WASHINGTON, D.C. — Federal regulators on Wednesday proposed new, stricter rules for asset-backed securities, the bundles of loans that helped spark the market’s collapse in 2008 and nearly brought down the financial system.
The SEC voted 5-0 to propose that Wall Street firms that package and sell asset-backed securities be required to hold at least 5 percent of the loans — mortgages, credit cards, auto loans — on their own books.
With some “skin in the game,” the thinking goes, the firms would be more careful to ensure that borrowers are properly screened.
Experts say it was the lack of “skin” that enabled a system in which the bundles of mortgage loans were whisked from investor to investor, with no one assuming responsibility for the risk until the roof caved in.
The proposed rules could be formally adopted sometime after a 90-day public comment period, possibly with changes.
The proposal would require the 5 percent minimum holding by the firms as a condition of the SEC approving their offerings of asset-backed securities for sale to investors.
Although the vote by the five commissioners was unanimous, two of them — Republicans Kathleen Casey and Troy Paredes — voiced concerns about the new requirement for risk-holding. Paredes said it may not make sense to apply a 5 percent minimum requirement to every offering of asset-backed securities.
The SEC’s proposal also would require the firms to provide fuller disclosures on asset-backed securities.
The disclosures would include information on every underlying loan in a package. For example: What type of mortgage loan was involved? Were complete documents required from the borrower? Or was it a “no-doc” or “liar loan”?
The idea is to give investors more information in order to better judge the securities’ risk. That would reduce reliance on the Wall Street credit rating agencies. The three big agencies — Moody’s Investors Service, Standard & Poor’s and Fitch Ratings — were widely criticized for failing to give investors adequate warning of the risks in subprime mortgage securities that triggered the financial crisis.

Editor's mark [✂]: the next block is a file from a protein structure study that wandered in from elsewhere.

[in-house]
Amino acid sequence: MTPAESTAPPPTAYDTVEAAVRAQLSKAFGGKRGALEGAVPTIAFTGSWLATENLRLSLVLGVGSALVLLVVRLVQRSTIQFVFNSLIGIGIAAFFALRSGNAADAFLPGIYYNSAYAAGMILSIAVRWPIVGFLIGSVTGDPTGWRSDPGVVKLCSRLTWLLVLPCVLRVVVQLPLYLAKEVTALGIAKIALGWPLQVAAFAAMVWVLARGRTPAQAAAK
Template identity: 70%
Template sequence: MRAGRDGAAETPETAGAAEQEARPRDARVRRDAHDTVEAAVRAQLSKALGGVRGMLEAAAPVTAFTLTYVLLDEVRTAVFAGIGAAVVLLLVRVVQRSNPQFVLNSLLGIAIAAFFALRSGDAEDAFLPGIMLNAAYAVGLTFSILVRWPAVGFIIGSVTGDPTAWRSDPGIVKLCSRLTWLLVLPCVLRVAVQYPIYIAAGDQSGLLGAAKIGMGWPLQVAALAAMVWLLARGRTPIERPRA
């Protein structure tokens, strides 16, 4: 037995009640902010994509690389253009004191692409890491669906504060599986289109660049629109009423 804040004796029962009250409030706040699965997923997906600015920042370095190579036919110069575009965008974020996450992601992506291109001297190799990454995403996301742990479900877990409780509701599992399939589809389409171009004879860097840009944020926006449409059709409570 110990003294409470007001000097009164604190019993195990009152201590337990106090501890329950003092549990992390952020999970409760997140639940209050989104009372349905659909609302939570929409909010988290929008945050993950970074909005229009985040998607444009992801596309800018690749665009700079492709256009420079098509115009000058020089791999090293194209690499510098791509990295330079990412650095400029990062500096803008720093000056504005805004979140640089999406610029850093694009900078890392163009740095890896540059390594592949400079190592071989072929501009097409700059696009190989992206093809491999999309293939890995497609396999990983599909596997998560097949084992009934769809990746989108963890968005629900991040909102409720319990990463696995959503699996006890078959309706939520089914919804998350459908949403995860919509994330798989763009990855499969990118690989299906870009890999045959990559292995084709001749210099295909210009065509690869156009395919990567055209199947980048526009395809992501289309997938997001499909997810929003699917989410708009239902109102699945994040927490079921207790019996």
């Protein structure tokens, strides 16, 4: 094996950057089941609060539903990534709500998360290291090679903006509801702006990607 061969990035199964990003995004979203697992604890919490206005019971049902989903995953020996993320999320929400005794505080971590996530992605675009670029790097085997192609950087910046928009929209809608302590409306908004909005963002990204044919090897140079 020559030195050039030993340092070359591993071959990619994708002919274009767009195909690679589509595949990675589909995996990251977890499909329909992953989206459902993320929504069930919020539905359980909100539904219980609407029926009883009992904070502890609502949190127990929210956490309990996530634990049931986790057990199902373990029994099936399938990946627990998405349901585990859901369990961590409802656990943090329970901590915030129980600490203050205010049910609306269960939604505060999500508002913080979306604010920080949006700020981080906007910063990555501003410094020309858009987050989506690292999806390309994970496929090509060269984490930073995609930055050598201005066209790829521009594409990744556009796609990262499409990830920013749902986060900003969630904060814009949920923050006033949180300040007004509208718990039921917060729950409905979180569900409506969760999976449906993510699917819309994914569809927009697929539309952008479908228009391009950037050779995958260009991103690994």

At the same time, a rating from one of the agencies would no longer be required as a condition for SEC approval of the securities offerings.
Investors also would get more time to study the offerings of asset-backed securities — a minimum of five days before the sale could begin. Currently there is no required minimum period.
“The proposed rules are intended to better protect investors in the securitization market by giving them more detailed information about pooled assets (and) more time to make their investment decisions,” SEC Chairman Mary Schapiro said before the vote.
By requiring securities issuers to retain some of the risk, the interests of the buyers and sellers would be put closer to an equal footing, she said.
Provisions in the House and Senate versions of financial overhaul legislation also would require the “securitizers” to keep some of the risk themselves.
As lawmakers and government agencies have been looking to lay down new rules for asset-backed securities, another idea is to set an industrywide lending standard that would govern minimum down payments, borrowers’ debt levels and other requirements. That has drawn opposition from the financial industry.
The Federal Deposit Insurance Corp. has floated a proposal to require new lending standards. Asset-backed securities would have to meet the standards to maintain a guarantee that the government wouldn’t seize them if the bank failed.
FDIC Chairman Sheila Bair praised the SEC’s action in a statement issued Wednesday. “These proposals include essential elements of reform,” Bair said, and they “align with” the FDIC’s initiative.
But industry interests maintain that such rules would make banks skittish about investing in any mortgage-backed securities.
“Heaping on hundreds of ideas may ultimately weigh down the return of the market at a time when it’s most needed” to make loans more available for consumers, Tom Deutsch, executive director of the American Securitization Forum, said Tuesday.